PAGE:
“It’s not just about adapting the story,” said Michael Jonathan Smith, who is leading Sony’s effort to turn Twisted Metal, a 1995 vehicular combat game, into a television series. “It’s about adapting how you feel when you play the game. It has to be about characters you care about. And then you can slide in the Easter eggs and story points that get fans absolutely pumped.”
“Uncharted” is a prequel that, for the first time, creates origin stories for the characters in the game. With any luck, such storytelling will satisfy fans by giving them something new — while also inviting nongamers, who may otherwise worry about not knowing what is going on, to buy tickets. (The producers of “Uncharted” include Charles Roven, who is known for the “Dark Knight” trilogy.)
“It’s a question of balance,” said Asad Qizilbash, a senior Sony Interactive executive who also runs PlayStation Productions, an entity started in 2019 and based on Sony’s movie lot in Culver City, Calif.
Unlike in the past, when Sony Pictures and Sony Interactive pledged to work together and ultimately did not, the current collaboration “has weight because there is a win for everyone,” Mr. Qizilbash added. “We have three objectives. Grow audience size for games. Bring product to Sony Pictures. Showcase collaboration.”
The stakes are high. A cinematic flop could hurt the game franchise.
“It’s risky,” Mr. Qizilbash allowed. “But I think we can do it.”
In the near future, giant index funds, those low-cost investments that have helped millions of people to build nest eggs, will gain “practical power over the majority of U.S. public companies.”
That nightmarish vision originated in a prescient 2018 paper by John Coates.
Mr. Coates was a professor of Harvard Law School when he laid out his argument — one that I share. Now, he is a policymaker. In February, he became acting director of the Securities and Exchange Commission’s division of corporation finance. Under the new reform-minded S.E.C. chairman, Gary Gensler, Mr. Coates is in a position to address the problems he has analyzed so painstakingly.
Neither Mr. Coates nor Mr. Gensler was available for an interview, but in that paper, Mr. Coates laid out his views. Index funds, which simply track the market and make no attempt to outperform it, are so effective and cheap, he said, that they have become the investment vehicle of choice for trillions of dollars of assets. Yet under current rules, it is the index fund executives, not the millions of people who invest in them, who have the power to cast proxy votes.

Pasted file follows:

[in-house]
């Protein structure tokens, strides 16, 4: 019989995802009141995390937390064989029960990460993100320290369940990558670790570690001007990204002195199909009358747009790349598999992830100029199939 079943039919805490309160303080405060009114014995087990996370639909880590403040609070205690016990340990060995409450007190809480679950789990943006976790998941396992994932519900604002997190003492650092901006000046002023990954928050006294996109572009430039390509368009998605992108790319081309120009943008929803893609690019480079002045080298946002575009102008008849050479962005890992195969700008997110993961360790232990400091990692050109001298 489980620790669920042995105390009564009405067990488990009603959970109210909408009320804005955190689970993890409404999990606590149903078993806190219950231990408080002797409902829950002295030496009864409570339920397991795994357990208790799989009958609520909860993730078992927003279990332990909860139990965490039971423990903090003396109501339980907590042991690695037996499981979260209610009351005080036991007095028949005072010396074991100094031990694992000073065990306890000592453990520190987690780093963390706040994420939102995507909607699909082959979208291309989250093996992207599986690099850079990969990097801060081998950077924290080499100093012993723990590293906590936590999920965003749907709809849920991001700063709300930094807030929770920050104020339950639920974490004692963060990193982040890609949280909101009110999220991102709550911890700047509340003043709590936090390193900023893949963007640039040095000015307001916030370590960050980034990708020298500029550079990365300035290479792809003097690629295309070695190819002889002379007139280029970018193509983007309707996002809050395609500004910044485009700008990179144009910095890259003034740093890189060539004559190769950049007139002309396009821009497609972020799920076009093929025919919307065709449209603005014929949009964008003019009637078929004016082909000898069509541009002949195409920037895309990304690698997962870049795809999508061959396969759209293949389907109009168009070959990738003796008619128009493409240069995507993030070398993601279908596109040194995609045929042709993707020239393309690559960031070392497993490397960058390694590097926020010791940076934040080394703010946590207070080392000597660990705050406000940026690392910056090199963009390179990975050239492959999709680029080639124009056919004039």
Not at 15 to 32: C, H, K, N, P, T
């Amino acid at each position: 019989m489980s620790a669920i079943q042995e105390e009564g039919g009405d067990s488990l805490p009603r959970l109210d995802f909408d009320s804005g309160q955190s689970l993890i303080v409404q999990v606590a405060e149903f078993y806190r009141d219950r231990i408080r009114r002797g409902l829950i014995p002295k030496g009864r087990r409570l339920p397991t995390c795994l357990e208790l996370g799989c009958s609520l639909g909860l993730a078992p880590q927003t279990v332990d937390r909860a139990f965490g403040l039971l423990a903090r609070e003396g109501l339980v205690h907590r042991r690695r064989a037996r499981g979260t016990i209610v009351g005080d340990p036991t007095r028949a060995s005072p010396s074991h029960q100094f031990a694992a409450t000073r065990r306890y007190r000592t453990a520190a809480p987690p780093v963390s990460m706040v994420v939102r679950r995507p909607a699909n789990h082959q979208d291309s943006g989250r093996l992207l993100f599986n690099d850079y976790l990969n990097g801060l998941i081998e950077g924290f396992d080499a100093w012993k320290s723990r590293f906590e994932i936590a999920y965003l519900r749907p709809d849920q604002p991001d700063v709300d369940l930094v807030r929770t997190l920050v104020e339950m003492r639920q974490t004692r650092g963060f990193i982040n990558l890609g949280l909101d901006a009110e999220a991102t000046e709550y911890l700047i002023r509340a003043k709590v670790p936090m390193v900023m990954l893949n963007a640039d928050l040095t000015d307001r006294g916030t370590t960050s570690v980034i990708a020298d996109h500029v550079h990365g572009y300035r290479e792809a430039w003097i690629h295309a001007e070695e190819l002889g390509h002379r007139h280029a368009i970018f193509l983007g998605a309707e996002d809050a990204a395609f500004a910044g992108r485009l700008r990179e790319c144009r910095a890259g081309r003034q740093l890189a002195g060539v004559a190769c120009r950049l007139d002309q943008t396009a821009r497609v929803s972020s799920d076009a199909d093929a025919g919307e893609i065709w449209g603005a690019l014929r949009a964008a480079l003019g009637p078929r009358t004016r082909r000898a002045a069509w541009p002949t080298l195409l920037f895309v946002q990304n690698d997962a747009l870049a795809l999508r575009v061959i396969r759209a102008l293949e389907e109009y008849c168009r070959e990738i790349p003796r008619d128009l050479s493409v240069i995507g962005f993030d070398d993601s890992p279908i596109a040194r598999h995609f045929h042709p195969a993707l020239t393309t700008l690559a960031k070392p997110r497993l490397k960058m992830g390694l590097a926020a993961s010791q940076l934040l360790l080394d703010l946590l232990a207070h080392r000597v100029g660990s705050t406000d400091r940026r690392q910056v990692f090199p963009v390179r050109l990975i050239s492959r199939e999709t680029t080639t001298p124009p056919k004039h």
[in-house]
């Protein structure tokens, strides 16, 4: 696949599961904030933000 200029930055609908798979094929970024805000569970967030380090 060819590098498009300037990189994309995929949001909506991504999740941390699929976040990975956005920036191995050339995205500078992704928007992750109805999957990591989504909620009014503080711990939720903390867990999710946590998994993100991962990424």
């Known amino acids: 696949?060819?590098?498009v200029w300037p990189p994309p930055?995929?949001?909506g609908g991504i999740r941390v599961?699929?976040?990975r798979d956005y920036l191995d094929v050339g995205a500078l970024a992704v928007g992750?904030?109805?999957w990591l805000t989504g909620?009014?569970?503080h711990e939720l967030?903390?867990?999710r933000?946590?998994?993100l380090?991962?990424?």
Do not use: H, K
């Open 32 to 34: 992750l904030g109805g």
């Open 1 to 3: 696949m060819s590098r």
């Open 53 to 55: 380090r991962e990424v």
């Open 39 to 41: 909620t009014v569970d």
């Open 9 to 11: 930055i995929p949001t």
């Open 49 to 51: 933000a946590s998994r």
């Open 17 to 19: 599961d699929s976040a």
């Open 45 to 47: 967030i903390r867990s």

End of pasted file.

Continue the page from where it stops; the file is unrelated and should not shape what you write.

Those votes are the heart of a system intended to give investors a voice on crucial matters like how much the chief executive is paid or whether a company is damaging the environment.
wrote in December 2019, that lack of proxy voting capability leaves vast numbers of investors out of the equation, and gives corporations inordinate power. Consider that roughly half of all American households, comprising tens of millions of people, have a stake in the stock market. But most own equities indirectly through funds — mainly index funds.
That leaves fund managers with the decisive power over corporate governance, and the biggest fund companies have sided with management roughly 90 percent of the time.
As Mr. Coates wrote in 2018, “Control of most public companies — that is, the wealthiest organizations in the world, with more revenue than most states — will soon be concentrated in the hands of a dozen or fewer people.” The title of his paper was “The Problem of Twelve,” referring to the unelected leaders of index fund operations.
What’s worse, mutual fund companies are frequently conflicted. Many receive revenue from public traded corporations for providing financial services connected to retirement plans, yet have the responsibility of casting critical votes on how those companies are run. Scholars like Mr. Coates have worried about these conflicts for years.
study, “Uncovering Conflict of Interests: Proxy Voting Data Reveals Bias for Asset Managers to Favor Clients,” was done by the group As You Sow, which files for shareholder proposals on issues such as the environment, gender and racial diversity, and executive pay.
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The group based its finding on an analysis of 9.6 million proxy votes by fund companies, along with Labor Department records that show how much fund companies were paid for retirement plan services.
“The big fund companies have a massive aggregation of power that comes from the investments of their shareholders,” said Andrew Behar, chief executive of As You Sow. “At the very least, the fund companies shouldn’t be allowed to vote if they have conflicts of interest.”